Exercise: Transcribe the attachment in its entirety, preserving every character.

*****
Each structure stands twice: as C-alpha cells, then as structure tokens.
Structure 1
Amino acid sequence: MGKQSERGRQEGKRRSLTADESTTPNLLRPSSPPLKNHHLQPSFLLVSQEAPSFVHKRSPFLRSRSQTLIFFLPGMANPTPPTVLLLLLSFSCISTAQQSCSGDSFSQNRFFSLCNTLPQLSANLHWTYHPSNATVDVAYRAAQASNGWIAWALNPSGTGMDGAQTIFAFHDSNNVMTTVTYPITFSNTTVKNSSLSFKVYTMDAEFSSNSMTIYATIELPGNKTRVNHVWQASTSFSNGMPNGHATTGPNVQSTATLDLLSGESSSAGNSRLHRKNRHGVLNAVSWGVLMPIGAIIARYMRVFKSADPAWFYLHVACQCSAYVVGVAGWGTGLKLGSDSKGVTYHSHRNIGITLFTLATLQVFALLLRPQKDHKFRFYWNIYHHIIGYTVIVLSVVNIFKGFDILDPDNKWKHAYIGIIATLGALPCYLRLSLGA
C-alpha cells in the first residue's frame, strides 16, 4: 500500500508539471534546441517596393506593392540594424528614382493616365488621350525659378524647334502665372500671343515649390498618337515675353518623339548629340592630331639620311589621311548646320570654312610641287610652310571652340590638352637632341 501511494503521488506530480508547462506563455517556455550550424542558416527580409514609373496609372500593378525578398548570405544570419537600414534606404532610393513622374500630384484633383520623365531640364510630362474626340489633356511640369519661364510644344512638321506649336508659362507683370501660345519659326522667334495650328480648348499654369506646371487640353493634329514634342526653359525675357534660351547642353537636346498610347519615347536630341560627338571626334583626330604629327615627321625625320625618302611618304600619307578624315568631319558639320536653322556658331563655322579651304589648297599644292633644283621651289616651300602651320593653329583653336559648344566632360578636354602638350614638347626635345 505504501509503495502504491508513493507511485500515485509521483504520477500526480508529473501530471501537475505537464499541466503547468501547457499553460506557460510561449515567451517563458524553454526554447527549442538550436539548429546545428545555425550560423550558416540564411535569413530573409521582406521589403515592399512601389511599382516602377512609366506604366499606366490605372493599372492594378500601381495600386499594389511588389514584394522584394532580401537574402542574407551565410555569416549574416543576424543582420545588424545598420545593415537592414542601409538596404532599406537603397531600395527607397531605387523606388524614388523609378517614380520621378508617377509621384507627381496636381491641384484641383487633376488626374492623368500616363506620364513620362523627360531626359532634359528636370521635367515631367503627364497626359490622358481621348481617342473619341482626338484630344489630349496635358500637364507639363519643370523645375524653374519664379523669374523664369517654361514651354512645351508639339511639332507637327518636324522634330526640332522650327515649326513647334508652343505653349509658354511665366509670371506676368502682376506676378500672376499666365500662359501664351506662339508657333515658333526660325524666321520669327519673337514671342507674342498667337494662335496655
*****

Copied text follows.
Each structure stands twice: as C-alpha cells, then as structure tokens.
Structure 1
Amino acid sequence: MGKQSERGRQEGKRRSLTADESTTPNLLRPSSPPLKNHHLQPSFLLVSQEAPSFVHKRSPFLRSRSQTLIFFLPGMANPTPPTVLLLLLSFSCISTAQQSCSGDSFSQNRFFSLCNTLPQLSANLHWTYHPSNATVDVAYRAAQASNGWIAWALNPSGTGMDGAQTIFAFHDSNNVMTTVTYPITFSNTTVKNSSLSFKVYTMDAEFSSNSMTIYATIELPGNKTRVNHVWQASTSFSNGMPNGHATTGPNVQSTATLDLLSGESSSAGNSRLHRKNRHGVLNAVSWGVLMPIGAIIARYMRVFKSADPAWFYLHVACQCSAYVVGVAGWGTGLKLGSDSKGVTYHSHRNIGITLFTLATLQVFALLLRPQKDHKFRFYWNIYHHIIGYTVIVLSVVNIFKGFDILDPDNKWKHAYIGIIATLGALPCYLRLSLGA
C-alpha cells in the first residue's frame, strides 16, 4: 500500500508539471534546441517596393506593392540594424528614382493616365488621350525659378524647334502665372500671343515649390498618337515675353518623339548629340592630331639620311589621311548646320570654312610641287610652310571652340590638352637632341 501511494503521488506530480508547462506563455517556455550550424542558416527580409514609373496609372500593378525578398548570405544570419537600414534606404532610393513622374500630384484633383520623365531640364510630362474626340489633356511640369519661364510644344512638321506649336508659362507683370501660345519659326522667334495650328480648348499654369506646371487640353493634329514634342526653359525675357534660351547642353537636346498610347519615347536630341560627338571626334583626330604629327615627321625625320625618302611618304600619307578624315568631319558639320536653322556658331563655322579651304589648297599644292633644283621651289616651300602651320593653329583653336559648344566632360578636354602638350614638347626635345 505504501509503495502504491508513493507511485500515485509521483504520477500526480508529473501530471501537475505537464499541466503547468501547457499553460506557460510561449515567451517563458524553454526554447527549442538550436539548429546545428545555425550560423550558416540564411535569413530573409521582406521589403515592399512601389511599382516602377512609366506604366499606366490605372493599372492594378500601381495600386499594389511588389514584394522584394532580401537574402542574407551565410555569416549574416543576424543582420545588424545598420545593415537592414542601409538596404532599406537603397531600395527607397531605387523606388524614388523609378517614380520621378508617377509621384507627381496636381491641384484641383487633376488626374492623368500616363506620364513620362523627360531626359532634359528636370521635367515631367503627364497626359490622358481621348481617342473619341482626338484630344489630349496635358500637364507639363519643370523645375524653374519664379523669374523664369517654361514651354512645351508639339511639332507637327518636324522634330526640332522650327515649326513647334508652343505653349509658354511665366509670371506676368502682376506676378500672376499666365500662359501664351506662339508657333515658333526660325524666321520669327519673337514671342507674342498667337494662335496655